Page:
Extraction of microbial genomic DNA
Microbial genomic DNA was extracted from suspended feces and culture broth from the KUHIMM at 48 h, as described previously (Takagi et al. 2016). Purified DNA was eluted into TE buffer (10 mM Tris HCl containing 1.0 mM ethylenediaminetetraacetic acid) and stored at − 20 °C until use.
Illumina library generation
Bacterial 16S rRNA genes (V3–V4 region) were amplified using genomic DNA as the template and the primers S-D-Bact-0341-b-S-17 (5′-CCTACGGGNGGCWGCAG-3′) and S-D-Bact-0785-a-A-21 (5′-GACTACHVGGGTATCTAATCC-3′) (Klindworth et al. 2013), as described previously (Sasaki et al. 2017). Index primers (Nextera XT Index Kit; Illumina Inc., San Diego, CA, USA) overhanging the amplified sequences were added to the gene-specific sequences. Each polymerase chain reaction (PCR) was performed according to the manufacturer’s instructions. Amplicons were purified with AMPure XP DNA purification beads (Beckman Coulter, Brea, CA, USA) and eluted in 25 µL of 10 mM Tris (pH 8.5). Purified amplicons were quantified using an Agilent Bioanalyzer 2100 with DNA 1000 chips (Agilent Technology, Santa Clara, CA, USA) and a Qubit 2.0 instrument (Thermo Fisher Inc., Waltham, MA, USA), and pooled at equimolar concentrations (5 nM). The 16S rRNA genes and an internal control (PhiX control v3; Illumina) were subjected to paired-end sequencing using a MiSeq instrument (Illumina) and the MiSeq Reagent Kit, v3 (600 cycles; Illumina). The PhiX sequences were removed, and paired-end reads with Q scores ≥ 20 were joined using the MacQIIME software package, version 1.9.1 (Caporaso et al. 2010). The UCLUST algorithm (Edgar 2010) was used to cluster the filtered sequences into operational taxonomic unit (OTUs) based on a ≥ 97% similarity threshold. Chimeric sequences were checked and removed from the library using ChimeraSlayer (Haas et al. 2011). Representative sequences from each OTU were taxonomically classified via the GreenGenes taxonomic database, using the Ribosomal Database Project Classifier (Wang et al. 2007).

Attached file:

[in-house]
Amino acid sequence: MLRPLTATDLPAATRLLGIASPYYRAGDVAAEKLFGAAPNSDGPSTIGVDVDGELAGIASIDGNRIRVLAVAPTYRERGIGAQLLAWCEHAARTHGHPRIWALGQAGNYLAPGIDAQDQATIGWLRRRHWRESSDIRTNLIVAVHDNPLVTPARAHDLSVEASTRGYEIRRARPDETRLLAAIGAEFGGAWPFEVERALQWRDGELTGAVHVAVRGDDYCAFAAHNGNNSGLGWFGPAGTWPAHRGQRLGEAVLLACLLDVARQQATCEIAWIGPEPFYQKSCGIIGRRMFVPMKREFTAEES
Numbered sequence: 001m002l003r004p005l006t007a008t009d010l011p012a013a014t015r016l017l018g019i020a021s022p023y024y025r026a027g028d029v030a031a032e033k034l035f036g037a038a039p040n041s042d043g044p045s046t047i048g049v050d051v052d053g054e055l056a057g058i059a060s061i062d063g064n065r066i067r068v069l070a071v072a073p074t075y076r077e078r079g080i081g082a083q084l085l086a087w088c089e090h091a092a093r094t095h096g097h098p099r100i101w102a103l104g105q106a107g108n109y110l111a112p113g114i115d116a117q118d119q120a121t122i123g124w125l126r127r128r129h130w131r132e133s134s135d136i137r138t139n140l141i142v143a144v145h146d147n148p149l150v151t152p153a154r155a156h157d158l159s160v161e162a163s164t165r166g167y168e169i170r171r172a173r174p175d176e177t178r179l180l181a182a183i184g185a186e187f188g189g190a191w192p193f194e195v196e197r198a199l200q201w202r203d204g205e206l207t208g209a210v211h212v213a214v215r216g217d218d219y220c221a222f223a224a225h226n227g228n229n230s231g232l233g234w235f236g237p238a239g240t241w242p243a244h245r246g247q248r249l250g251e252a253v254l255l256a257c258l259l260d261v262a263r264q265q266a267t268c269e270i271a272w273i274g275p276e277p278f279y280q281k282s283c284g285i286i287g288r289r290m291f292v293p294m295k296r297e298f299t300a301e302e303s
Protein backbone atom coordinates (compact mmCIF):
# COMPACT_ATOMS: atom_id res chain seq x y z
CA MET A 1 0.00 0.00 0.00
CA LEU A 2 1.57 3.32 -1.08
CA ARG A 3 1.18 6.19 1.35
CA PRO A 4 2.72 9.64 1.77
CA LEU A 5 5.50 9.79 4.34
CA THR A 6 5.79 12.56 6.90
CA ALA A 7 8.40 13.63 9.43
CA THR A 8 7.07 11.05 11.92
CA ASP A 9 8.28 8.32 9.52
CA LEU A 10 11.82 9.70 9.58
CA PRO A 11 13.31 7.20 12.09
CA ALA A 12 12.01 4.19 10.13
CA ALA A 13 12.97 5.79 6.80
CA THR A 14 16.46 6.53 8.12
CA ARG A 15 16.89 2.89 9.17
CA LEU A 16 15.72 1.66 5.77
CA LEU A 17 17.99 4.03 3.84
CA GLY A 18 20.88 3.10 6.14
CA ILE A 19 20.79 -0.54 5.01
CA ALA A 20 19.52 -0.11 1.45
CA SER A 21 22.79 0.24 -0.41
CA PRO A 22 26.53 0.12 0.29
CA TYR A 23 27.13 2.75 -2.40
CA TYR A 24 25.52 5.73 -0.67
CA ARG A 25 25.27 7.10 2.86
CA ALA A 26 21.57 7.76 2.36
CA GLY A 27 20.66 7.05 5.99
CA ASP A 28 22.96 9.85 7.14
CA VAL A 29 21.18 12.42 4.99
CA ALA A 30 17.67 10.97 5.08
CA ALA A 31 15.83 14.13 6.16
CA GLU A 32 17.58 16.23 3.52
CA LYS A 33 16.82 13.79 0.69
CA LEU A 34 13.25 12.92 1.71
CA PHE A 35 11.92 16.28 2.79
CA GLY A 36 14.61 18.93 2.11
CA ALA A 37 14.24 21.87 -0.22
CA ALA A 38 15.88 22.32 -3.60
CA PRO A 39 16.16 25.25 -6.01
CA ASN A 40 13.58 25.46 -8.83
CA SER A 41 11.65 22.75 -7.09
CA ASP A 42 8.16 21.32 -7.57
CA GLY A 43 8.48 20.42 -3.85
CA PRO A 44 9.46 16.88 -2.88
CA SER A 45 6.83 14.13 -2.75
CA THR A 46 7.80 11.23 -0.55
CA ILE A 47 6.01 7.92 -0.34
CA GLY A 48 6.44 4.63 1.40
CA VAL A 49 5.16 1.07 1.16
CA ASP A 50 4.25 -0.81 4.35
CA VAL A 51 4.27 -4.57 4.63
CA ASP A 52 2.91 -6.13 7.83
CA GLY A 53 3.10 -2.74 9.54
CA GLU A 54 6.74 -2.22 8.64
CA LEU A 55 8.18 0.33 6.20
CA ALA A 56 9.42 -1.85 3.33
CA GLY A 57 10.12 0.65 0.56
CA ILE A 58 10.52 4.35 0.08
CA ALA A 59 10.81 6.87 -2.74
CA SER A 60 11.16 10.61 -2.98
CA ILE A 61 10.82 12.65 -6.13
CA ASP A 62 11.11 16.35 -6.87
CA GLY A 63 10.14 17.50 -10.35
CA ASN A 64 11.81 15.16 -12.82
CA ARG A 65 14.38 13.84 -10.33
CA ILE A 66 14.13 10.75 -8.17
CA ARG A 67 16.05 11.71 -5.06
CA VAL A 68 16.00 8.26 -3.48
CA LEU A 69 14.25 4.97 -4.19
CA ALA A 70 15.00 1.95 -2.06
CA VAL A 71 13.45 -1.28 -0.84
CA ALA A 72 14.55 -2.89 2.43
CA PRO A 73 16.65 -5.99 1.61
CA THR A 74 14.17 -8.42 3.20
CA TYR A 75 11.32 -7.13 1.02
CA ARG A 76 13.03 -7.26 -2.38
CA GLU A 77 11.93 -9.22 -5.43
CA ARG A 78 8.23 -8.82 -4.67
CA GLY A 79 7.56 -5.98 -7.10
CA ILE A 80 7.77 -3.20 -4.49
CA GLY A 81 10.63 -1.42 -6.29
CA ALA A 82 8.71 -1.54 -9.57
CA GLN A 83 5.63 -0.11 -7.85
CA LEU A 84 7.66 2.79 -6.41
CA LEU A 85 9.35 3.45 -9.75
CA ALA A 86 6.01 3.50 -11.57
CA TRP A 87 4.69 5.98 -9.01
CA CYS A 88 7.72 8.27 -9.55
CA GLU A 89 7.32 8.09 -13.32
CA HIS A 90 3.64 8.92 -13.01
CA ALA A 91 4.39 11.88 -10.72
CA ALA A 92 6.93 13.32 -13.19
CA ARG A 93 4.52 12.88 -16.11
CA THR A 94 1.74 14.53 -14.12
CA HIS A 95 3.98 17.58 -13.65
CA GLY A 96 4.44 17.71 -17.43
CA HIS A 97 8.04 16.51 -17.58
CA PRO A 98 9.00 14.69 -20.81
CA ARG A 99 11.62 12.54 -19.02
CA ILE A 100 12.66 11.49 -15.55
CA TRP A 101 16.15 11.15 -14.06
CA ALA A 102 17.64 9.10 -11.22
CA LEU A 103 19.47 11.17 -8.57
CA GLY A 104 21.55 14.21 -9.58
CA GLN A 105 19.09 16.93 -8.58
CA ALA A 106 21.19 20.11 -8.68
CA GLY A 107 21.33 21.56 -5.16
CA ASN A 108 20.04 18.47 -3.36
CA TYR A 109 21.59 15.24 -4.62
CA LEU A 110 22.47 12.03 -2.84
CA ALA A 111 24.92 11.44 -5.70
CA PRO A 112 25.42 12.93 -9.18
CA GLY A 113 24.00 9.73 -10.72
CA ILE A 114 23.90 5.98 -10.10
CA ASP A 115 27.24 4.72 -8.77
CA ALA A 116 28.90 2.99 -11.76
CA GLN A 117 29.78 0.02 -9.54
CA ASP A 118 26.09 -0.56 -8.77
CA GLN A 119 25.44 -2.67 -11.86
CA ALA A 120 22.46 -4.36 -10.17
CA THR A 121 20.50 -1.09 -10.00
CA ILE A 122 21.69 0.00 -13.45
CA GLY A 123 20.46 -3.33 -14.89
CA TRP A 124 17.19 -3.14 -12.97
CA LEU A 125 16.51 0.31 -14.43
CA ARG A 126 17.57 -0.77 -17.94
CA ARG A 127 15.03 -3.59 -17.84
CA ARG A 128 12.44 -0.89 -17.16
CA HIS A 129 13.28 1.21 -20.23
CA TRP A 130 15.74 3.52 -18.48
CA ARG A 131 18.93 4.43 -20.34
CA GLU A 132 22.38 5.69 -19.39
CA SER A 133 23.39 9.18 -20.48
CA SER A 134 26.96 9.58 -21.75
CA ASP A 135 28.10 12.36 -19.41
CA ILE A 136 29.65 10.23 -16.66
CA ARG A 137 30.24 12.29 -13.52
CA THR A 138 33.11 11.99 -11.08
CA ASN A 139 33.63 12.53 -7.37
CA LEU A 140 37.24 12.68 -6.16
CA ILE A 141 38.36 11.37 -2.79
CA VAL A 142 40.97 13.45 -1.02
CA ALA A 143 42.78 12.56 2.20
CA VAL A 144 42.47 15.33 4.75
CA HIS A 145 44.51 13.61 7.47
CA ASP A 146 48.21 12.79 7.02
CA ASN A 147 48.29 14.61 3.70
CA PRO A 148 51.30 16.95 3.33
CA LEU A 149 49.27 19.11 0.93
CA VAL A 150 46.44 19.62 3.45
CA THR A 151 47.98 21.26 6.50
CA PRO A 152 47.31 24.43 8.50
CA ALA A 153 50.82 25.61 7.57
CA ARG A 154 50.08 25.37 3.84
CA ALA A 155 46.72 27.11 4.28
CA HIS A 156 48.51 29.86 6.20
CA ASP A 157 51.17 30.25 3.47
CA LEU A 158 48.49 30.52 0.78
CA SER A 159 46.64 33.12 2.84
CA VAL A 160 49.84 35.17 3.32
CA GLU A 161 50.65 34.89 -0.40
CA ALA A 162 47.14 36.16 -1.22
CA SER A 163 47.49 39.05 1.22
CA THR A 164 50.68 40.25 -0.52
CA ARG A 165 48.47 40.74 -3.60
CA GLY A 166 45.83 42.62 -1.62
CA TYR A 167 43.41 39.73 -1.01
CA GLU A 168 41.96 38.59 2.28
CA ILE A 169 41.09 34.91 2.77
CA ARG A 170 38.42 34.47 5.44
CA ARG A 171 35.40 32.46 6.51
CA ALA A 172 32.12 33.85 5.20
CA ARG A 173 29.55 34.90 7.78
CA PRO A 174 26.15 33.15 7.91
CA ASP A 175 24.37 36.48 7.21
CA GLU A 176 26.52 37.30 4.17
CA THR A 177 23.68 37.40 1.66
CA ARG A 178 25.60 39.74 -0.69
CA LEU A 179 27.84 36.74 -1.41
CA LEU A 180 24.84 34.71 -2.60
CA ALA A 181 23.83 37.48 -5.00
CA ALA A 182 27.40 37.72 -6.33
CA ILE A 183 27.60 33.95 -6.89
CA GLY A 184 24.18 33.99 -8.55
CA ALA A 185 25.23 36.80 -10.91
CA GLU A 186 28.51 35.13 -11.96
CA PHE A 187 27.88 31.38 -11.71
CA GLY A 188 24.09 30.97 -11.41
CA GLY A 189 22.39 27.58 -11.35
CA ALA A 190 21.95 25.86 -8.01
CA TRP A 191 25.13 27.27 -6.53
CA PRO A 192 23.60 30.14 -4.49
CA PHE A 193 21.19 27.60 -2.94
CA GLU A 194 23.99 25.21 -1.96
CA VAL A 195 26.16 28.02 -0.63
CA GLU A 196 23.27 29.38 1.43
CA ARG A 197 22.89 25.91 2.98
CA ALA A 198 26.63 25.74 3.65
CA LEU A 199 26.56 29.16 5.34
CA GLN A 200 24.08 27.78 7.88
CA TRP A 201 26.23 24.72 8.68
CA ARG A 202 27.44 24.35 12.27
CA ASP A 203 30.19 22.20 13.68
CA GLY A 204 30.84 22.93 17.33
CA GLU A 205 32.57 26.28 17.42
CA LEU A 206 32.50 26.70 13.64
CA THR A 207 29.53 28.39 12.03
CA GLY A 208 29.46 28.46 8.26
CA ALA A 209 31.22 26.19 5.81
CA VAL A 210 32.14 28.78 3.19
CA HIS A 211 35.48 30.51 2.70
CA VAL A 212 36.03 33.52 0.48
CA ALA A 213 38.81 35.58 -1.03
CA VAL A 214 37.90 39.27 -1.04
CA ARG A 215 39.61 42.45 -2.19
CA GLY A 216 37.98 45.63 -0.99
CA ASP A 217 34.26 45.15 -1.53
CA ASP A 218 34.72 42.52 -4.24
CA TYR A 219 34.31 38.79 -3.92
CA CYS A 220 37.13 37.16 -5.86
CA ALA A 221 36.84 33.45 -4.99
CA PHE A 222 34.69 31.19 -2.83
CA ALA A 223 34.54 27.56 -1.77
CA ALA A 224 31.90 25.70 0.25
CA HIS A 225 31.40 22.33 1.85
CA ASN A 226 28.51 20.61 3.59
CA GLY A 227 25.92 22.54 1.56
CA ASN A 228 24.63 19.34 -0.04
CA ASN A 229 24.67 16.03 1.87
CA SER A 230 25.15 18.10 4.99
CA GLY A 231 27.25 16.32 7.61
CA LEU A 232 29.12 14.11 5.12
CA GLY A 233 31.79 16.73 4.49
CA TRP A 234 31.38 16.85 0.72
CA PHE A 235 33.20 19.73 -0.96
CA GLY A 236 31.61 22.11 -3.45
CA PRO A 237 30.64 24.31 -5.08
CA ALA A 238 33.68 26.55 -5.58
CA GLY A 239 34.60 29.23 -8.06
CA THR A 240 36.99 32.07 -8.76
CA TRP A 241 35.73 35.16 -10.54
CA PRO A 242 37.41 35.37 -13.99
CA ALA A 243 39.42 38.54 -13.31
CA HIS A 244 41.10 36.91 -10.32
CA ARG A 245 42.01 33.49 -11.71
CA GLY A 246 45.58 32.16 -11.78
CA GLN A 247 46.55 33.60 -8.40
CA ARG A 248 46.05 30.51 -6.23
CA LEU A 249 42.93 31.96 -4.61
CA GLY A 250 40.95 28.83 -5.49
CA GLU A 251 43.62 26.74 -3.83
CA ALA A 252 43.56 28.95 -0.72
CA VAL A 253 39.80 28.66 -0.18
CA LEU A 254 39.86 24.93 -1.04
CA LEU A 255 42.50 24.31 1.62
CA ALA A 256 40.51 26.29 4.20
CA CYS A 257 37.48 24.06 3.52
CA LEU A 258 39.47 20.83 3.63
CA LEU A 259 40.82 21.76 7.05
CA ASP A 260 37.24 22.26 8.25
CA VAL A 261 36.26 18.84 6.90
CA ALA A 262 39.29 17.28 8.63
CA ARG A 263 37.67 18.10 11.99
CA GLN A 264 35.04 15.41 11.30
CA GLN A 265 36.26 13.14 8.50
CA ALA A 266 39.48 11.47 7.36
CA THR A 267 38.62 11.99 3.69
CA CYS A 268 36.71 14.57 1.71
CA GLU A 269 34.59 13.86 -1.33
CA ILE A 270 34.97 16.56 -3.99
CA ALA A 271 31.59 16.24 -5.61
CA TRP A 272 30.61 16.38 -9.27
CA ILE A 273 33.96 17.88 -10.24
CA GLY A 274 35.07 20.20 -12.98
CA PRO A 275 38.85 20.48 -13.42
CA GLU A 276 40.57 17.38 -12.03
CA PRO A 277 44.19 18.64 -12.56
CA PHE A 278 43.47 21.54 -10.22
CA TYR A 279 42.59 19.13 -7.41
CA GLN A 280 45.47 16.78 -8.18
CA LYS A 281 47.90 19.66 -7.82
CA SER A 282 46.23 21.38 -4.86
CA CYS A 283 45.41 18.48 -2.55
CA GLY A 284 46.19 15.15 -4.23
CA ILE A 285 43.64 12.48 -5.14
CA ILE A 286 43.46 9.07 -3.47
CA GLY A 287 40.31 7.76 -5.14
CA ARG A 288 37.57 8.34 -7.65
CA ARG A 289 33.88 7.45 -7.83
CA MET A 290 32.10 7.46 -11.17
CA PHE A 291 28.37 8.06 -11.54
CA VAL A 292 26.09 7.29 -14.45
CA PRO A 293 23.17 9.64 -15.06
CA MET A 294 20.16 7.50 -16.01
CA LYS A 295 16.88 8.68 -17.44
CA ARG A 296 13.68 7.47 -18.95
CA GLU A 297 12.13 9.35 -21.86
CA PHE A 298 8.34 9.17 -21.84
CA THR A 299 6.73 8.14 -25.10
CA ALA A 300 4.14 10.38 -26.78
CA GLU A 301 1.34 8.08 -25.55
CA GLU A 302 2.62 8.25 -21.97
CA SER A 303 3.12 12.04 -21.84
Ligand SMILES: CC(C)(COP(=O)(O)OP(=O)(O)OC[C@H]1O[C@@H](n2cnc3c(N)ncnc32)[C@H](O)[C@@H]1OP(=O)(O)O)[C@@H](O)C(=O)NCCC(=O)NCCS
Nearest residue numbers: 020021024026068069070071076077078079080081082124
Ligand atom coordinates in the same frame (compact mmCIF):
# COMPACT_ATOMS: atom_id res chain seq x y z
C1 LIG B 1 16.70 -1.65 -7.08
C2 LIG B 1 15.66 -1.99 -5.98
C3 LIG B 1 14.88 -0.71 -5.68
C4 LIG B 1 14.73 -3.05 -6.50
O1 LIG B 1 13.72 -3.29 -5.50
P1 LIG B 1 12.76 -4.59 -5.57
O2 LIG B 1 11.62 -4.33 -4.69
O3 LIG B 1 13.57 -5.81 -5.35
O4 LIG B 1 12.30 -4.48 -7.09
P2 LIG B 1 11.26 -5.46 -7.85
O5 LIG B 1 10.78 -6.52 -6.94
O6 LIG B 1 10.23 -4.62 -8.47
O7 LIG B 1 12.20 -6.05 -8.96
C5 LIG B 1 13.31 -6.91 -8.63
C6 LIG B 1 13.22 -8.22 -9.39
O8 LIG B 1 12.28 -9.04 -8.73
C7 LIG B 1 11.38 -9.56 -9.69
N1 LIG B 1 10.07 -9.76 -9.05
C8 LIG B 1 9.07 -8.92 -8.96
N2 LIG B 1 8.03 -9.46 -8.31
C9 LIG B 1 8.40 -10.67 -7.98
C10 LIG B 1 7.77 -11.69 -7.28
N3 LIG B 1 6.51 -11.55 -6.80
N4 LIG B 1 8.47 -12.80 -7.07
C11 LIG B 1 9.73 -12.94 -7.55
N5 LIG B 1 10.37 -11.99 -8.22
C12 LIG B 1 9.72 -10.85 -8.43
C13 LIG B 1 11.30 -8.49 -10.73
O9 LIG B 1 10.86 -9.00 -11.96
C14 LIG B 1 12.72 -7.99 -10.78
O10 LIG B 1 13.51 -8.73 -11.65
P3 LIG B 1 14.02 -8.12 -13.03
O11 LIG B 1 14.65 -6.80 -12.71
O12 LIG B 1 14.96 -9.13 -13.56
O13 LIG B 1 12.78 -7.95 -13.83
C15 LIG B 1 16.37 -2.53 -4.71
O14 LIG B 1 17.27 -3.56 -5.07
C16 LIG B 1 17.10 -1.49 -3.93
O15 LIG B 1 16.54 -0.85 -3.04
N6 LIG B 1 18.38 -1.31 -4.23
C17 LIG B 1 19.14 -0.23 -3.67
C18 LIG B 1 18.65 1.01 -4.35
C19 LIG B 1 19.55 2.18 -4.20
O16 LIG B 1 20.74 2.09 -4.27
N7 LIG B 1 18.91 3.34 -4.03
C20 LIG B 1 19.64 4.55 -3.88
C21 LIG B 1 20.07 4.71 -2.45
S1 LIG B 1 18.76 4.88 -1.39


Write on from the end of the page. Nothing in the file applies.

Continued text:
Real-time PCR analysis
Real-time PCR was performed to quantify total bacterial growth during cultivation, using a LightCycler 96 system (Roche, Basel, Switzerland) with a primer set targeting all eubacteria (Matsuki et al. 2004; Rinttila et al. 2004). PCR amplification was performed as described previously (Takagi et al. 2016).
Measurement of SCFA concentrations
Concentrations of SCFAs such as acetate, propionate, butyrate, lactate, and succinate were measured using a high-performance liquid chromatography (HPLC) instrument (Shimadzu Corporation, Kyoto, Japan) equipped with an Aminex HPX-87H column (Bio-Rad Laboratories, Inc., Hercules, CA, USA) and a RID-10A refractive index detector (Shimadzu Corporation). The HPLC instrument was operated at 65 °C using 5 mM H2SO4 as the mobile phase with a flow rate of 0.6 mL/min.
Measurement of amino acid concentrations
Free amino acids were extracted from supernatants collected from culture broths after 48 h of fermentation, using a modified cold chloroform–methanol method (Putri et al. 2013). The water phase of the extract (700 µL) was dried under vacuum and stored at − 80 °C until further analysis (Bennett et al. 2008).